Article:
What are the consequences of insufficient sleep?

Insufficient sleep, even on a single night, has a number of immediate consequences including lower alertness, negative mood, reduced motor and visual acuity, longer response times, and impaired attention and memory. Chronic sleep restriction over days and weeks leads to cumulative deficits in alertness, mood and cognitive performance. As well, insufficient sleep can have long-term consequences for health including weight gain, diabetes, and heart disease.

Is daytime napping good for you?

Daytime napping is natural for most toddlers. In school aged children, sleep begins to occur in a single nighttime episode and this pattern continues throughout adulthood. Napping behaviour is usually put aside until retirement age, but some people continue to enjoy regular naps throughout their lifespan. Naps are generally only a good idea for people who have no difficulty falling asleep or staying asleep at night (see Insomnia). Otherwise, the time you spend napping during the day may take away from your total sleep time at night. The optimal duration for a nap, whether during the daytime or while on the job for shift workers, is about 10-20 minutes. Twenty minutes is sufficient to feel rested, yet short enough not to interfere with nighttime sleep or your alertness on the job upon awakening. If you cannot get through the day without a long nap, despite also sleeping long hours at night, you should be evaluated for a sleep disorder (see Patient Information).

Tips for a good night’s sleep

1. Make time for sleep

Make sleep a priority in your life; sleep is just as important as diet and exercise for a healthy lifestyle. In today’s busy world, too many people simply do not make the time for sleep. Are you allowing yourself enough time in bed to get the sleep you need? It is a good idea to keep track of how much sleep you are getting by keeping a "sleep diary" (see below).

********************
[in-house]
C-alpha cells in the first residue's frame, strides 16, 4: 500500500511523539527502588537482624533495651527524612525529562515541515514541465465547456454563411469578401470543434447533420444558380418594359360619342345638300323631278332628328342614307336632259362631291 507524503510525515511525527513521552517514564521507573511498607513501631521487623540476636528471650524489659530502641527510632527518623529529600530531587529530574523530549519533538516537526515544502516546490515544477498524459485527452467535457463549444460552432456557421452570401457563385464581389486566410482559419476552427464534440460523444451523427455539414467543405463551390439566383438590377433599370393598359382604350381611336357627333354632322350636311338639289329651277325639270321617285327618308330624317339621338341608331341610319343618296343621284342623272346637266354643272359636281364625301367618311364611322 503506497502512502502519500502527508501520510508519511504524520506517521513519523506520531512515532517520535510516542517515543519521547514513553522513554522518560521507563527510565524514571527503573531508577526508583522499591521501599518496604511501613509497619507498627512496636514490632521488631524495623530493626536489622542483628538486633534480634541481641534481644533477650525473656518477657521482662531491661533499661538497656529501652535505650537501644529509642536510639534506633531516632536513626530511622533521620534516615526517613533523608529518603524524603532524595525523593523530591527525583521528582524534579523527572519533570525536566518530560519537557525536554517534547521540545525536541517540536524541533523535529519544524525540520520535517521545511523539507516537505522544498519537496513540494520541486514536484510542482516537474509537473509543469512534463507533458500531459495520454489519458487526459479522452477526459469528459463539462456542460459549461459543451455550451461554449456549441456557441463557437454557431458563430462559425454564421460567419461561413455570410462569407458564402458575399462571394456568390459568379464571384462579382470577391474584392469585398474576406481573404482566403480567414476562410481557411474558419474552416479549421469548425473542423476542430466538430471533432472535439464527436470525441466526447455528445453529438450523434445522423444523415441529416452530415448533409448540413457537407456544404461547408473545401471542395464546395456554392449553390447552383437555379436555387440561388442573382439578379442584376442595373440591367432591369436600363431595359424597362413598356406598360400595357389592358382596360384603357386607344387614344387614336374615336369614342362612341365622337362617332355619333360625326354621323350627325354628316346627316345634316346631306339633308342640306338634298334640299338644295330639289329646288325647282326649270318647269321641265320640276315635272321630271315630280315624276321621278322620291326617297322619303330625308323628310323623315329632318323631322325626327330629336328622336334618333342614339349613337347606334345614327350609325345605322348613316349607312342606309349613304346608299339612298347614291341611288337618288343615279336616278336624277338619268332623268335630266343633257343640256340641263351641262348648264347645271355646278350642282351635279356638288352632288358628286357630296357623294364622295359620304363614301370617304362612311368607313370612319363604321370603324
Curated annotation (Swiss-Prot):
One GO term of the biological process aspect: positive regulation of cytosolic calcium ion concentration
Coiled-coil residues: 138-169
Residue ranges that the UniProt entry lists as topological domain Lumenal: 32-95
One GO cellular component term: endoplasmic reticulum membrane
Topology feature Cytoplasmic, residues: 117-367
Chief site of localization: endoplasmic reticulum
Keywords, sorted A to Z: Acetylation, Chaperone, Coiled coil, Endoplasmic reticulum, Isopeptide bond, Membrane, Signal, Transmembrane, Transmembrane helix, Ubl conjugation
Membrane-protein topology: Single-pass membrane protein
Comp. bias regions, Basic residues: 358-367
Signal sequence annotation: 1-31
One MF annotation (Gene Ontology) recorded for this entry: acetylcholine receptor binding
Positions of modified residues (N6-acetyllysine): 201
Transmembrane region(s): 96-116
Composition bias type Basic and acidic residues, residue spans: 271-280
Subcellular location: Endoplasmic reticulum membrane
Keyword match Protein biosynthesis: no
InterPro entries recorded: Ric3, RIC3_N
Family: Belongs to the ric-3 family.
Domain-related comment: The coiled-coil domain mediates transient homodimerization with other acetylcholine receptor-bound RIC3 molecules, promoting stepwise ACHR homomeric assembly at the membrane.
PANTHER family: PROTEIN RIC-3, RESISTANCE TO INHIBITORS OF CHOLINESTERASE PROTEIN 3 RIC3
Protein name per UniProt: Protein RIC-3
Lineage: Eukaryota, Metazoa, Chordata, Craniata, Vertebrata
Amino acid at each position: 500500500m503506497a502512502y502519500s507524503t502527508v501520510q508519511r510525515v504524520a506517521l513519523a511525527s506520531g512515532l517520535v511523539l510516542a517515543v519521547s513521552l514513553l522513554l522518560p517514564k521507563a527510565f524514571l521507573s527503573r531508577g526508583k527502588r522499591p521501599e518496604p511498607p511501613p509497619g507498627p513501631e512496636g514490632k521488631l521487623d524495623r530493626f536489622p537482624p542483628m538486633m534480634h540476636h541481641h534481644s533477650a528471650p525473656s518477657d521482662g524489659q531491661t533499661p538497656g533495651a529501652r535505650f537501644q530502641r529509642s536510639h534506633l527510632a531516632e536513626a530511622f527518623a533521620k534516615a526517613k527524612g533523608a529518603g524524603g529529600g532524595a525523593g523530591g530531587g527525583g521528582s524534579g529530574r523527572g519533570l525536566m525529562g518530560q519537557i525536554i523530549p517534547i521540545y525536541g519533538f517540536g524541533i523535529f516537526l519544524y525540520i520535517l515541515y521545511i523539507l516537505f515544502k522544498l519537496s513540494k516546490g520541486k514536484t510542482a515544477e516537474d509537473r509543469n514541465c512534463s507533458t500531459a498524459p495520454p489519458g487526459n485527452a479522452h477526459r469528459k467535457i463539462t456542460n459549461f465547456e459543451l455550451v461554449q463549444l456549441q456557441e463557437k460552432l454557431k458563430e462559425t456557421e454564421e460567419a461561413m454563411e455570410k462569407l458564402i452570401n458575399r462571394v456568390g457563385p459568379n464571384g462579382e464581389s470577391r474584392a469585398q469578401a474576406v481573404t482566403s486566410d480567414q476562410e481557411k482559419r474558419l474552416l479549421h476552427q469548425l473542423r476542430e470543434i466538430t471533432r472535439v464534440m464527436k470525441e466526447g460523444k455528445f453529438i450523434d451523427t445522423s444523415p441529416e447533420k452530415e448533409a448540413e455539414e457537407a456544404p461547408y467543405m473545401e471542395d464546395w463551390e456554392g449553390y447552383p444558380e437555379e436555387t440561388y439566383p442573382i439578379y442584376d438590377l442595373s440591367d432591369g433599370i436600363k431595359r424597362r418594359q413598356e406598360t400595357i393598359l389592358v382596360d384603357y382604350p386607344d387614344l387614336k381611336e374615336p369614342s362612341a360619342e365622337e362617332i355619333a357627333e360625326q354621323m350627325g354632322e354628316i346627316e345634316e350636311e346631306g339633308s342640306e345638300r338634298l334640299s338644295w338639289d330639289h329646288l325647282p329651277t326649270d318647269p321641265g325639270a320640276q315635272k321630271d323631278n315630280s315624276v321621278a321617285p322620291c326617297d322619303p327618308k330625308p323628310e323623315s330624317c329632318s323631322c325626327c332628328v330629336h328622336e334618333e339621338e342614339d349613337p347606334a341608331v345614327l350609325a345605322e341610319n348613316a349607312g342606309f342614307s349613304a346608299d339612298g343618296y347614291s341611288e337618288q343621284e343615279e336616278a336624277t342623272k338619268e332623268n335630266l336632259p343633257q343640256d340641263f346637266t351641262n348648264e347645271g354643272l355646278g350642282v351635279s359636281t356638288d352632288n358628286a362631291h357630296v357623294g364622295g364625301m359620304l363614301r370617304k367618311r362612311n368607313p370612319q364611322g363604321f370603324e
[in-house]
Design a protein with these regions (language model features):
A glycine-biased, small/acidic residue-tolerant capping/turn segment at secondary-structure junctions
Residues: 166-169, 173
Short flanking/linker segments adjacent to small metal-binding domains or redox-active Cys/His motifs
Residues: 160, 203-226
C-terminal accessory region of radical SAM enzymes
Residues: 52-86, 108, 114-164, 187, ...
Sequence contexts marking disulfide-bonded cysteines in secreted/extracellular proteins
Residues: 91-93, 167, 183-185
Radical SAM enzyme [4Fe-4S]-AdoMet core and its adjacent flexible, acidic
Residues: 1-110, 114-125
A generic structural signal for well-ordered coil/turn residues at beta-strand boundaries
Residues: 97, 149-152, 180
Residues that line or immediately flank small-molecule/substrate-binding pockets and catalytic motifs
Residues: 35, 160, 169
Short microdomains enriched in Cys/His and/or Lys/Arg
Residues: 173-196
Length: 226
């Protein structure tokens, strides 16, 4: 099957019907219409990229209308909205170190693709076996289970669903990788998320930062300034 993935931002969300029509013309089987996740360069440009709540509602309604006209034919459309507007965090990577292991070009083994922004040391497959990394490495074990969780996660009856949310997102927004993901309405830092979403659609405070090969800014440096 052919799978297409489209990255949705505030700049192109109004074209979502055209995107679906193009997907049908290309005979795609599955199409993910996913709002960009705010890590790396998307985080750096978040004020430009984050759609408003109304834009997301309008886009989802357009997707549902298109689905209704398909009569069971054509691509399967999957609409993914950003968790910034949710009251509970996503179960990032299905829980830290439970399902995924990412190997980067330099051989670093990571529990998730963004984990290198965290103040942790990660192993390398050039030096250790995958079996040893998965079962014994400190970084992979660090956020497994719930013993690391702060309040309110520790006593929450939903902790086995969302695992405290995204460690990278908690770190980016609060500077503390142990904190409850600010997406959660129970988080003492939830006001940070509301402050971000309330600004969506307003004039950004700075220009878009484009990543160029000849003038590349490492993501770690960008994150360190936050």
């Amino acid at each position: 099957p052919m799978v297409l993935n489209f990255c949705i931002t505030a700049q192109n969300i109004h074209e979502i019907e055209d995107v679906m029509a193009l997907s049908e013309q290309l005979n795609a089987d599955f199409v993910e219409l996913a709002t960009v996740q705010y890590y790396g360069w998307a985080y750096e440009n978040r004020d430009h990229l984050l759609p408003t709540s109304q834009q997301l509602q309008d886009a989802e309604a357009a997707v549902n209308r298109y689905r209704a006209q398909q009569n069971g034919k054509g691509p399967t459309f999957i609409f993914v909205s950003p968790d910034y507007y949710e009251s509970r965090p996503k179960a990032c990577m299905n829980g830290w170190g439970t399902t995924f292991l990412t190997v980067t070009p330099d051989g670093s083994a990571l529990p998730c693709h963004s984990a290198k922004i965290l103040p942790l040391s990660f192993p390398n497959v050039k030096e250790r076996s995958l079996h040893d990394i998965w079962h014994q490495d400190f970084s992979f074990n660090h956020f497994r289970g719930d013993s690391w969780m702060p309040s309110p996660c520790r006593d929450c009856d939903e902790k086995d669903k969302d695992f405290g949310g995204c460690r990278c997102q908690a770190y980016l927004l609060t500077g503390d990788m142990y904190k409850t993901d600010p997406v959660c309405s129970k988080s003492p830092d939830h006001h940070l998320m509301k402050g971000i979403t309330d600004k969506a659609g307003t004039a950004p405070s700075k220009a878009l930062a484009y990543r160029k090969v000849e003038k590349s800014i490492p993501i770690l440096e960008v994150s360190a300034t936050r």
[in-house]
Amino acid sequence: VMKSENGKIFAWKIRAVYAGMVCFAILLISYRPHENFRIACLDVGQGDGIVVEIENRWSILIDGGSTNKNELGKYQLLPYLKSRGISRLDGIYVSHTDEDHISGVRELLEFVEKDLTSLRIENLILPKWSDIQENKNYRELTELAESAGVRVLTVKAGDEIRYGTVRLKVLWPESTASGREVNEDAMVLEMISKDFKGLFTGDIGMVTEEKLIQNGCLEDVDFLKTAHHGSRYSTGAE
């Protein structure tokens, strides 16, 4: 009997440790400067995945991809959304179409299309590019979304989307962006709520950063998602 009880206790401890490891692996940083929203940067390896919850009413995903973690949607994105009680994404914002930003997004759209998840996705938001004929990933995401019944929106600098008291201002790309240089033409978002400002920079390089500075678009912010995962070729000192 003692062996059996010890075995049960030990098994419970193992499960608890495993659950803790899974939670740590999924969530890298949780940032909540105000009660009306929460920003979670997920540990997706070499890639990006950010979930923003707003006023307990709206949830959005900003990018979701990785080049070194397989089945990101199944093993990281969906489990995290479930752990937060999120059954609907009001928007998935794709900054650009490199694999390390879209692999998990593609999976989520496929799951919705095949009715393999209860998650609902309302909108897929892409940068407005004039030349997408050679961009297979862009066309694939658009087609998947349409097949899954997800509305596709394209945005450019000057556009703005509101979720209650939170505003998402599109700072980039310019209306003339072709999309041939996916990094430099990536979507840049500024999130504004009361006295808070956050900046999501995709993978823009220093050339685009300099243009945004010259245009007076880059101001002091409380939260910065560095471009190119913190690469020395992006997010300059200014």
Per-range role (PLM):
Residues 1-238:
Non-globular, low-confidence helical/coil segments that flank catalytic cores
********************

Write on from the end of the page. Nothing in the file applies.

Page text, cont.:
2. Keep a regular sleep schedule

As a general rule you should strive to keep a regular sleep/wake schedule, getting up at the same time each morning, 7 days per week. If you are experiencing difficulty sleeping at night, then a strict schedule becomes even more important.

3. Set the stage for sleep

Establish a comfortable sleep environment with limited distractions from noise and light, and an optimal room temperature. Immediately before bed, establish a relaxing bedtime routine, and avoid stress or use of electronic devices. Also, avoid substances with stimulants too close to bedtime (including foods, caffeinated beverages, medications, and nicotine). Note that too much alcohol in the evening may disrupt your sleep later in the night by causing early morning awakenings. Regular exercise can be good for sleep, but do so around midday or early afternoon to avoid disrupting sleep. As well, avoid long naps or naps in late afternoon and evening, and avoid heavy meals and fluids taken too close to bedtime. Lastly, save the bedroom for sleep and intimacy – do not eat, read, or watch television in bed.

Additional Resource: Sleep Diary

Use a Sleep Diary to help track your sleep habits!


Authored by:
Kimberly Cote, PhD,
Department of Psychology,
Brock University